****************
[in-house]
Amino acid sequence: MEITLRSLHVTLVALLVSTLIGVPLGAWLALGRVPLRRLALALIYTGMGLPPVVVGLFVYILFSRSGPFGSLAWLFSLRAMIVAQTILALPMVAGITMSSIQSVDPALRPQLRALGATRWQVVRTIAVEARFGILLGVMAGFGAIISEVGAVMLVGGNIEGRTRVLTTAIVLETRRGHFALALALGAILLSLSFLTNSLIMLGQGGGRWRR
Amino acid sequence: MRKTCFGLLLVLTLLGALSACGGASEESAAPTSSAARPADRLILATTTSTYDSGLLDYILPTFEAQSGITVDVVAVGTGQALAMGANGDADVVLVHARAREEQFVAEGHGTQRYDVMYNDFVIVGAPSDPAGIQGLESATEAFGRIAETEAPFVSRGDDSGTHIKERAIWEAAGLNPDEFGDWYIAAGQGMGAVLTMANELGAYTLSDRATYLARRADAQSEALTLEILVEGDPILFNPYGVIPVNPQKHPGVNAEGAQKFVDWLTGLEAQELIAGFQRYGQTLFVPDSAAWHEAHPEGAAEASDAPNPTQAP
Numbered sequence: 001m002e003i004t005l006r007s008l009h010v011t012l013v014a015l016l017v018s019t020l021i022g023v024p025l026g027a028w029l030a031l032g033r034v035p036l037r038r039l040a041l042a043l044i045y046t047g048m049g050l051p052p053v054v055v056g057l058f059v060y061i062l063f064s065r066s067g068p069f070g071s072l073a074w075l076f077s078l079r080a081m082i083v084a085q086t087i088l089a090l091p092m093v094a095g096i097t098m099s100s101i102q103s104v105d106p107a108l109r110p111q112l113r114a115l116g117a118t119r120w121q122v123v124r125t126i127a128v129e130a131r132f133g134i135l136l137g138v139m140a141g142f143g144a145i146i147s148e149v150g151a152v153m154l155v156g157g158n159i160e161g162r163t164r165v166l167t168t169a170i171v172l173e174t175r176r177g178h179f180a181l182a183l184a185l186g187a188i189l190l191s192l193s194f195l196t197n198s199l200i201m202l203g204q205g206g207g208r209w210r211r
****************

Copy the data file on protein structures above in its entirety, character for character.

[in-house]
Amino acid sequence: MEITLRSLHVTLVALLVSTLIGVPLGAWLALGRVPLRRLALALIYTGMGLPPVVVGLFVYILFSRSGPFGSLAWLFSLRAMIVAQTILALPMVAGITMSSIQSVDPALRPQLRALGATRWQVVRTIAVEARFGILLGVMAGFGAIISEVGAVMLVGGNIEGRTRVLTTAIVLETRRGHFALALALGAILLSLSFLTNSLIMLGQGGGRWRR
Amino acid sequence: MRKTCFGLLLVLTLLGALSACGGASEESAAPTSSAARPADRLILATTTSTYDSGLLDYILPTFEAQSGITVDVVAVGTGQALAMGANGDADVVLVHARAREEQFVAEGHGTQRYDVMYNDFVIVGAPSDPAGIQGLESATEAFGRIAETEAPFVSRGDDSGTHIKERAIWEAAGLNPDEFGDWYIAAGQGMGAVLTMANELGAYTLSDRATYLARRADAQSEALTLEILVEGDPILFNPYGVIPVNPQKHPGVNAEGAQKFVDWLTGLEAQELIAGFQRYGQTLFVPDSAAWHEAHPEGAAEASDAPNPTQAP
Numbered sequence: 001m002e003i004t005l006r007s008l009h010v011t012l013v014a015l016l017v018s019t020l021i022g023v024p025l026g027a028w029l030a031l032g033r034v035p036l037r038r039l040a041l042a043l044i045y046t047g048m049g050l051p052p053v054v055v056g057l058f059v060y061i062l063f064s065r066s067g068p069f070g071s072l073a074w075l076f077s078l079r080a081m082i083v084a085q086t087i088l089a090l091p092m093v094a095g096i097t098m099s100s101i102q103s104v105d106p107a108l109r110p111q112l113r114a115l116g117a118t119r120w121q122v123v124r125t126i127a128v129e130a131r132f133g134i135l136l137g138v139m140a141g142f143g144a145i146i147s148e149v150g151a152v153m154l155v156g157g158n159i160e161g162r163t164r165v166l167t168t169a170i171v172l173e174t175r176r177g178h179f180a181l182a183l184a185l186g187a188i189l190l191s192l193s194f195l196t197n198s199l200i201m202l203g204q205g206g207g208r209w210r211r